Tuesday, September 6, 2016

A case study in conflicting motivations.

I may have mentioned before that I have something of a background in music. So it was with some trepidation that I saw the new Meryl Streep movie, "Florence Foster Jenkins," over the weekend. Streep plays the title role; her character is a socialite who cannot sing, but her husband, St. Clair Bayfield -- played by Hugh Grant -- builds a cocoon of sycophants around her. They praise her supposed ability while he's paying them handsomely for it. In the movie, the situation reaches the height of absurdity when Mrs. Jenkins takes it upon herself to rent Carnegie Hall for a recital, and gives away tickets to soldiers and sailors -- none of whom are part of the cocoon in any way.

The movie is based on a true story. Mrs. Jenkins -- who preferred to be called Lady Florence, according to Wikipedia -- was a fixture on the New York City music scene from the 1920s through the '40s. She began her musical career as a sort of child prodigy in piano, even performing at the White House, before an arm injury made it too painful for her to play. She eloped with a man who gave her syphilis, and ditched him immediately thereafter; it's unclear whether they ever divorced, and equally unclear whether she was actually married to Bayfield. He was a Shakespearean actor whose career was only so-so, so he mostly gave up acting to become her manager. With Bayfield behind her, Lady Florence took singing lessons and joined a number of social clubs centered around music, and even founded her own.

Streep turns in her usual wonderful performance; I had to keep reminding myself that she really can sing. But the surprise was the way the subterfuge was treated. Streep's Mrs. Jenkins had no idea she couldn't sing; Bayfield knew, and certainly Mrs. Jenkins' accompanist (played delightfully by Simon Helberg) knew. The easy out would be to say Bayfield was in it simply to line his own pockets. After all, Mrs. Jenkins set him up in his own flat (where he'd stashed a mistress) and gave him access to her sizable trust fund.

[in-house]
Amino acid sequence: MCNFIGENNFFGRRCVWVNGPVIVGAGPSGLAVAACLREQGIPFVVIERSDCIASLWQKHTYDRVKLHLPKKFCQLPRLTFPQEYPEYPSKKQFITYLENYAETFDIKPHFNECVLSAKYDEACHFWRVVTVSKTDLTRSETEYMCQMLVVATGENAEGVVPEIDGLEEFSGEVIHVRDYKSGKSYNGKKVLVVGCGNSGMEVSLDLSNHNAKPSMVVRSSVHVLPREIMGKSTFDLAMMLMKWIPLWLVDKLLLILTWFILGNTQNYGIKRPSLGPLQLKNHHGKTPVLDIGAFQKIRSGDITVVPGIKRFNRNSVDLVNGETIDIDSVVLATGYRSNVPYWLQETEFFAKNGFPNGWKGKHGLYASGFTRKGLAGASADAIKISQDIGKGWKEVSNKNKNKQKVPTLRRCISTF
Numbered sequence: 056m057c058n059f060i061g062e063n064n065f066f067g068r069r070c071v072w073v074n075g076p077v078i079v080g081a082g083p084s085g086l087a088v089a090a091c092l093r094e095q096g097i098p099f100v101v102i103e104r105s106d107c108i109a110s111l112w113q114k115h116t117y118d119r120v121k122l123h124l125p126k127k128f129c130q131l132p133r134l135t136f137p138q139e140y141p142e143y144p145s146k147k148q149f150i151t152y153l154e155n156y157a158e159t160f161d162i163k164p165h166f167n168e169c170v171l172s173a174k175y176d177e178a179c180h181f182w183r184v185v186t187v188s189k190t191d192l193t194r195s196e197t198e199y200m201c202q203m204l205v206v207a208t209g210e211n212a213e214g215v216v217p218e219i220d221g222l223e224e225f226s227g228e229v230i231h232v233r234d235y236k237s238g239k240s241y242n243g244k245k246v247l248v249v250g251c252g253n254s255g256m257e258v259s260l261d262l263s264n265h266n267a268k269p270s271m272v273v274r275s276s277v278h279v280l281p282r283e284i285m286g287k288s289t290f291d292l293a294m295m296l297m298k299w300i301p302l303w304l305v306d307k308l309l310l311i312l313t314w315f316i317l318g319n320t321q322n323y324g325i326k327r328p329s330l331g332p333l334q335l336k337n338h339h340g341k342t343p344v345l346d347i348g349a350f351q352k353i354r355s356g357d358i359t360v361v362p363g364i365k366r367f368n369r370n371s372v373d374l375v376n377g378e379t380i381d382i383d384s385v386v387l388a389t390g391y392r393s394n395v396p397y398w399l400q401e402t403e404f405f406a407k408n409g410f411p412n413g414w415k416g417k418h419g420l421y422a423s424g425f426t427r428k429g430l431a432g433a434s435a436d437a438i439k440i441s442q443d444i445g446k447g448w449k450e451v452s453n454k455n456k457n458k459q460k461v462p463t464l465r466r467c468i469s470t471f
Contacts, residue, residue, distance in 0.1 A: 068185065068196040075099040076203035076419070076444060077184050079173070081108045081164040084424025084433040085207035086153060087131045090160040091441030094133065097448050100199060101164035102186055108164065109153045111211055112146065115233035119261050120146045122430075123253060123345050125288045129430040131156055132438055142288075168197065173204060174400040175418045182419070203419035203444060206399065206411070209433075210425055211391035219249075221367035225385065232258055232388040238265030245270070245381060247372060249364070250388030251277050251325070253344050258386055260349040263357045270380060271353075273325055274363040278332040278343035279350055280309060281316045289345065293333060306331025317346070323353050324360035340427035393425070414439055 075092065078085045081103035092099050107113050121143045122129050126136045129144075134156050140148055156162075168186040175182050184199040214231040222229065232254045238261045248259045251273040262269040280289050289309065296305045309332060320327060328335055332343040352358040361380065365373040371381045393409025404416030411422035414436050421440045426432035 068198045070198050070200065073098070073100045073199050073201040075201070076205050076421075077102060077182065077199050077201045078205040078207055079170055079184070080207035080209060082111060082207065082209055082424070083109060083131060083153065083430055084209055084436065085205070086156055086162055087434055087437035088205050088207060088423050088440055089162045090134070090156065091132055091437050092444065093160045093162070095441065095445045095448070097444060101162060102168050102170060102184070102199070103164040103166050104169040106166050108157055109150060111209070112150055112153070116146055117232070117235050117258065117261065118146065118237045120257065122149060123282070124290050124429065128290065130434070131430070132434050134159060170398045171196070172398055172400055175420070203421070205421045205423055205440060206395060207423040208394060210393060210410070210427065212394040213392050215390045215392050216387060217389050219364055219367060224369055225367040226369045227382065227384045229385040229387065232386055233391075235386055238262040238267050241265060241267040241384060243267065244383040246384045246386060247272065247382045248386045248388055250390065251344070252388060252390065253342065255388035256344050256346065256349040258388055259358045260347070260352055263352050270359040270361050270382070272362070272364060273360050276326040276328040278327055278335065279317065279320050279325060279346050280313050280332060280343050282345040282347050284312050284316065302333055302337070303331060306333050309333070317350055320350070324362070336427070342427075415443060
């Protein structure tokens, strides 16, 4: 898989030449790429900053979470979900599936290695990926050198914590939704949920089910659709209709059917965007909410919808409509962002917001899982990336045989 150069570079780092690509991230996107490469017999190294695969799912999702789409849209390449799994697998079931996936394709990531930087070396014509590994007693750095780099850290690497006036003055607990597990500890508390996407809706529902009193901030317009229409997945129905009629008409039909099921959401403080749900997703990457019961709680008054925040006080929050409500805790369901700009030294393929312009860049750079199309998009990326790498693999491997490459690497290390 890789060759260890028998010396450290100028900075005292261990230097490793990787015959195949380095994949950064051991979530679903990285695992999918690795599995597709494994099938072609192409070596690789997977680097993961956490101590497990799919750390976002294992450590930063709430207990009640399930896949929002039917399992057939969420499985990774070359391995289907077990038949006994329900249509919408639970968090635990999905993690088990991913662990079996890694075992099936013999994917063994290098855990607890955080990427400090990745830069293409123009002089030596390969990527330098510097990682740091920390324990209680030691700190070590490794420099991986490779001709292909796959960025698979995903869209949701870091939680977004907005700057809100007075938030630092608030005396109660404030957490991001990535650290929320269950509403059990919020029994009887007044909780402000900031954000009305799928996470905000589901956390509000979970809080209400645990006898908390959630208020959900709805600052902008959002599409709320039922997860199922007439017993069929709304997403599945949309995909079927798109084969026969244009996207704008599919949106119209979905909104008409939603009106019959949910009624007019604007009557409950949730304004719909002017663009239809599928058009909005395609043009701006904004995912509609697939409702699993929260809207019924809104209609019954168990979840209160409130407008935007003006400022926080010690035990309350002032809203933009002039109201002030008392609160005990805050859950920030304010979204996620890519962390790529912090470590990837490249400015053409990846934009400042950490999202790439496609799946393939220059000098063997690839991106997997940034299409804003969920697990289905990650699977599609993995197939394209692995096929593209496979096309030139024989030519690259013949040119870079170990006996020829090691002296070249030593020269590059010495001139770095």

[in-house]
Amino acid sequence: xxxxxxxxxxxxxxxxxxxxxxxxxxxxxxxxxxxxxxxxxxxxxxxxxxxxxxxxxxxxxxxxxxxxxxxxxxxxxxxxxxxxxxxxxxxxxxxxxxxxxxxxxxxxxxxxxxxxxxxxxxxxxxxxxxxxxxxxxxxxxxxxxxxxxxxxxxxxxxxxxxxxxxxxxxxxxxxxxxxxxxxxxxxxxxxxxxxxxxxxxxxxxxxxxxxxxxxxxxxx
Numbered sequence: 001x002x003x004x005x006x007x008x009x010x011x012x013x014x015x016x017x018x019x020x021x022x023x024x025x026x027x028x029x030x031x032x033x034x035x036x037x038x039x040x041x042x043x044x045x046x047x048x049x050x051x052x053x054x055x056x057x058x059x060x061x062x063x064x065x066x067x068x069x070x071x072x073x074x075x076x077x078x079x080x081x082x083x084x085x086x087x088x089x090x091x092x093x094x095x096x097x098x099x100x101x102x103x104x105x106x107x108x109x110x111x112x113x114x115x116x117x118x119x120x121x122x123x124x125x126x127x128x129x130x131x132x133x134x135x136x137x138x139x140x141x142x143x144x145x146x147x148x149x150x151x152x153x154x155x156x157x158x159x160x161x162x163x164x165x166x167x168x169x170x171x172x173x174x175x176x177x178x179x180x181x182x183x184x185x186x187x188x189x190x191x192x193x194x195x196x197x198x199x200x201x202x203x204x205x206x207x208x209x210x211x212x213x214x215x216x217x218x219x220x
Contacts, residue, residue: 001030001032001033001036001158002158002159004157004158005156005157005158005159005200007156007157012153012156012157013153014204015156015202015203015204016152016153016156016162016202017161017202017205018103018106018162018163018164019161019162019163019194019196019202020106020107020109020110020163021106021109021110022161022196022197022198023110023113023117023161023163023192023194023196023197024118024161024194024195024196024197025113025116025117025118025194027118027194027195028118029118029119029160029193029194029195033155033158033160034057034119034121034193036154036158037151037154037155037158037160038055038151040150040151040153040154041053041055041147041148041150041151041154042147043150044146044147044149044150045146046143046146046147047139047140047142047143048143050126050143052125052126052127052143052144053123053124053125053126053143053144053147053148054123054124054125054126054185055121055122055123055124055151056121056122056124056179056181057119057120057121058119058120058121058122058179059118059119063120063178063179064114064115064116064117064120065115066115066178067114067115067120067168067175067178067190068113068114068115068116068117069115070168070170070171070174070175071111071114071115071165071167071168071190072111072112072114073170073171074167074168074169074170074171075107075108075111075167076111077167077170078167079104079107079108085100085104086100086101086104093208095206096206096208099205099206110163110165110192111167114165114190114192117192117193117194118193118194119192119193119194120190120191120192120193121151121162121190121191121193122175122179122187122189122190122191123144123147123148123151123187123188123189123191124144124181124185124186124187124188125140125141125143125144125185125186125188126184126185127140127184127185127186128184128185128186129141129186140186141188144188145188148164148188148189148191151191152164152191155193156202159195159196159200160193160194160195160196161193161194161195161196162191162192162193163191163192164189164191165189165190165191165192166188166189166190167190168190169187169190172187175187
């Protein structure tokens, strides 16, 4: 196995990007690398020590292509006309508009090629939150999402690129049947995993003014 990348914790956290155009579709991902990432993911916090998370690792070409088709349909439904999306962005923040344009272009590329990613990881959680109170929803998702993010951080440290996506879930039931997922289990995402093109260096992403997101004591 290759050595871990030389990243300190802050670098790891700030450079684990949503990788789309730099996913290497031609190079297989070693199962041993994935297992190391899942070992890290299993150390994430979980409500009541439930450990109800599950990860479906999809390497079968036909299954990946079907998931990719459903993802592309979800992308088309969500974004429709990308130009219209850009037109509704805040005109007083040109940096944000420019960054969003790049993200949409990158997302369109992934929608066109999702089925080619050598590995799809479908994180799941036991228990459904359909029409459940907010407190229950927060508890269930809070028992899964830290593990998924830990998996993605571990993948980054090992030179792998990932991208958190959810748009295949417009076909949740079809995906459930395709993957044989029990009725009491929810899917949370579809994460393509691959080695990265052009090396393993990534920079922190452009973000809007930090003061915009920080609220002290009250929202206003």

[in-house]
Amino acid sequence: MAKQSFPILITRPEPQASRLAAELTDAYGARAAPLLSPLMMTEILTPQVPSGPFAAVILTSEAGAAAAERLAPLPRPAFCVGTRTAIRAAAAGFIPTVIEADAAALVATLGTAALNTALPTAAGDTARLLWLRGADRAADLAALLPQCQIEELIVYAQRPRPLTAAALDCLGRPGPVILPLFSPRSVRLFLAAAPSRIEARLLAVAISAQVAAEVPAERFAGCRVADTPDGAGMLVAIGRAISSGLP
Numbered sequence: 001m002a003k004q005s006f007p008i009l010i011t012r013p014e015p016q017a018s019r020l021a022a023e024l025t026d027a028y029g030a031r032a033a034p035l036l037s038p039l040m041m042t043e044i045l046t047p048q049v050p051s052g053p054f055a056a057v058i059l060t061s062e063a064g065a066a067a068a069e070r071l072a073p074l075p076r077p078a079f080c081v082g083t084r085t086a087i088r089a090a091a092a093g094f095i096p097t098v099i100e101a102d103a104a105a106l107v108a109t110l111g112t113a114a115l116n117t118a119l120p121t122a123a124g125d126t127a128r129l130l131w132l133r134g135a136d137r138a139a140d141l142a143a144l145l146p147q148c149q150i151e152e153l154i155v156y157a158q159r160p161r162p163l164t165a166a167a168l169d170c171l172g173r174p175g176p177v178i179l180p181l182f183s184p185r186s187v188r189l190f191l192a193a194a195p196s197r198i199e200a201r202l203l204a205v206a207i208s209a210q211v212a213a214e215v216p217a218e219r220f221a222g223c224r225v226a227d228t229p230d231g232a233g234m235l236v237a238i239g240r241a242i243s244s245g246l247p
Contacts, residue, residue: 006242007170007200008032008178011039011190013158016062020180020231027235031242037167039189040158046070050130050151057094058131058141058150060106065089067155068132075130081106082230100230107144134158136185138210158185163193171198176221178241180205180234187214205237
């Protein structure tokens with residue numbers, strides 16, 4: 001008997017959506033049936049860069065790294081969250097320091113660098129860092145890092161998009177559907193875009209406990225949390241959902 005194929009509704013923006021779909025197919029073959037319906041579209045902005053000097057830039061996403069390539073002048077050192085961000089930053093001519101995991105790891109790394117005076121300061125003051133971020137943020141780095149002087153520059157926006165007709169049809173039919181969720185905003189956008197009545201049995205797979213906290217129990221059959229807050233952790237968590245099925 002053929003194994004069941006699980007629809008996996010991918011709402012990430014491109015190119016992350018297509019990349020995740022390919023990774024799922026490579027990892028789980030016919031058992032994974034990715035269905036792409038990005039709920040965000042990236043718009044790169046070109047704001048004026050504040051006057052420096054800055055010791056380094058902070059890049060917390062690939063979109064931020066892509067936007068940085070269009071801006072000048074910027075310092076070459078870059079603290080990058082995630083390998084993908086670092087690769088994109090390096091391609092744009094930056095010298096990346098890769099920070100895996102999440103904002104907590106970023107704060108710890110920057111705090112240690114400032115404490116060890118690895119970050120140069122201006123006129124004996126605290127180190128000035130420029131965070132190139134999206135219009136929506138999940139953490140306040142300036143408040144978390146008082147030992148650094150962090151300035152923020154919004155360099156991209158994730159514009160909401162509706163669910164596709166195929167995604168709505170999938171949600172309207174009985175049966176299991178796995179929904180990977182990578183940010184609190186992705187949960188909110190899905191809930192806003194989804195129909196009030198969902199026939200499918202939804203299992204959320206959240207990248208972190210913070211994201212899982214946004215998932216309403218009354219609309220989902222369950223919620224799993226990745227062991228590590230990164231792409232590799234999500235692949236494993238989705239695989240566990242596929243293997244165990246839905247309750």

But Bayfield did truly care about Mrs. Jenkins. If money was his motivation at the start of their relationship, it had long since stopped being the only one; at some point, he had begun to love her. And his love for her -- his insistence that his Bunny must be surrounded by happy thoughts -- seems to encourage everyone else around her to love her, too.

Well, except those sailors. She really was a terrible singer.

As a writer, I found Bayfield's complex motivations fascinating. My hat was off to the script writers, and to Grant, who kept Bayfield from being nothing more than a grasping impresario. Mrs. Jenkins was the star of her own firmament, but I found Bayfield's role the more compelling one. All Streep had to do was show up and sing off-key; Grant had to make us believe he built the fragile production around her not for money, but for love.

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Yes, I know, it's not Sunday, nor even is it Monday. I was out of town over the holiday weekend and am just now getting back into the swing of things. I'll be back on schedule next Sunday, I promise.

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These moments of slightly off-key blogginess have been brought to you, as a public service, by Lynne Cantwell.
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